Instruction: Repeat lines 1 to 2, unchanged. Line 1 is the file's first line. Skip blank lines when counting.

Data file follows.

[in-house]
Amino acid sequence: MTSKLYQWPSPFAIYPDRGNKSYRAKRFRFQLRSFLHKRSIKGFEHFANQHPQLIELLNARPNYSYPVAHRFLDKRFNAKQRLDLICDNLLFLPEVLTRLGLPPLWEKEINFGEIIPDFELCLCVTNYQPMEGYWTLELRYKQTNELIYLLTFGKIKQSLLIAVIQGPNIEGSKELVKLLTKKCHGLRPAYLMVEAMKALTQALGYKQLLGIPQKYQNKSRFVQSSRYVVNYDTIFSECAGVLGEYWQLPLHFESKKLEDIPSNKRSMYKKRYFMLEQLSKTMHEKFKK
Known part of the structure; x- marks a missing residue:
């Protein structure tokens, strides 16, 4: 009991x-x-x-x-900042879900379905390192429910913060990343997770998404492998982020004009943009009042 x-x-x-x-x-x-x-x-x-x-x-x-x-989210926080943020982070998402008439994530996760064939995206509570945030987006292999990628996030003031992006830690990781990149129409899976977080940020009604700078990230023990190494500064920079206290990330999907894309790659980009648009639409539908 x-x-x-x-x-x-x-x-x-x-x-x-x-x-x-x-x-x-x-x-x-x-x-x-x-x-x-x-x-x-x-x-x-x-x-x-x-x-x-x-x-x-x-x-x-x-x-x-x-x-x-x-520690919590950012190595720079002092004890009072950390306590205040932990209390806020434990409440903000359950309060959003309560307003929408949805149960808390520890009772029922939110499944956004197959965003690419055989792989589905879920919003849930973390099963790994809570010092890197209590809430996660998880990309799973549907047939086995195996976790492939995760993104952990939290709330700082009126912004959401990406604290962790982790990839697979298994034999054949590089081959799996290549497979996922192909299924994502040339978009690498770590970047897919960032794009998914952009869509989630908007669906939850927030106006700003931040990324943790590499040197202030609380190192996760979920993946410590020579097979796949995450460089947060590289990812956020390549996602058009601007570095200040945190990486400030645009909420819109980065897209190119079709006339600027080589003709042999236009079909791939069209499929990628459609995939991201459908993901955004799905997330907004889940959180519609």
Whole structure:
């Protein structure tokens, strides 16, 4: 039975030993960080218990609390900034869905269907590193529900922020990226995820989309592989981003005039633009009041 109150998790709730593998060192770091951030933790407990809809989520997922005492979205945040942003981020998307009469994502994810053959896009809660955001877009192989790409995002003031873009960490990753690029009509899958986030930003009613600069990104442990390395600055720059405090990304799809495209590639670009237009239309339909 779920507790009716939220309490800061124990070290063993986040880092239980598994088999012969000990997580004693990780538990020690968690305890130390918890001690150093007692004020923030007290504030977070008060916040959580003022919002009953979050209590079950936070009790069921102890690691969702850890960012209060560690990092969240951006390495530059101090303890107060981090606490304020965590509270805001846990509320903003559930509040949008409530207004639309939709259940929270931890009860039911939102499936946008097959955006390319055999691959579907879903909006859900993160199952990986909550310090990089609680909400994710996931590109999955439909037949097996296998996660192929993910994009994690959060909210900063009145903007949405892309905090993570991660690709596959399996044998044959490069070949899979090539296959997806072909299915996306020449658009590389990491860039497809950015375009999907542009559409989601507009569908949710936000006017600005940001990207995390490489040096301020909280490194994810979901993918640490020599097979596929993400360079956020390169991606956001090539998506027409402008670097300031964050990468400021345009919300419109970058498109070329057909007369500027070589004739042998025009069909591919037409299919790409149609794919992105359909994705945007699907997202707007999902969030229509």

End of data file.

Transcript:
[in-house]
Amino acid sequence: MTSKLYQWPSPFAIYPDRGNKSYRAKRFRFQLRSFLHKRSIKGFEHFANQHPQLIELLNARPNYSYPVAHRFLDKRFNAKQRLDLICDNLLFLPEVLTRLGLPPLWEKEINFGEIIPDFELCLCVTNYQPMEGYWTLELRYKQTNELIYLLTFGKIKQSLLIAVIQGPNIEGSKELVKLLTKKCHGLRPAYLMVEAMKALTQALGYKQLLGIPQKYQNKSRFVQSSRYVVNYDTIFSECAGVLGEYWQLPLHFESKKLEDIPSNKRSMYKKRYFMLEQLSKTMHEKFKK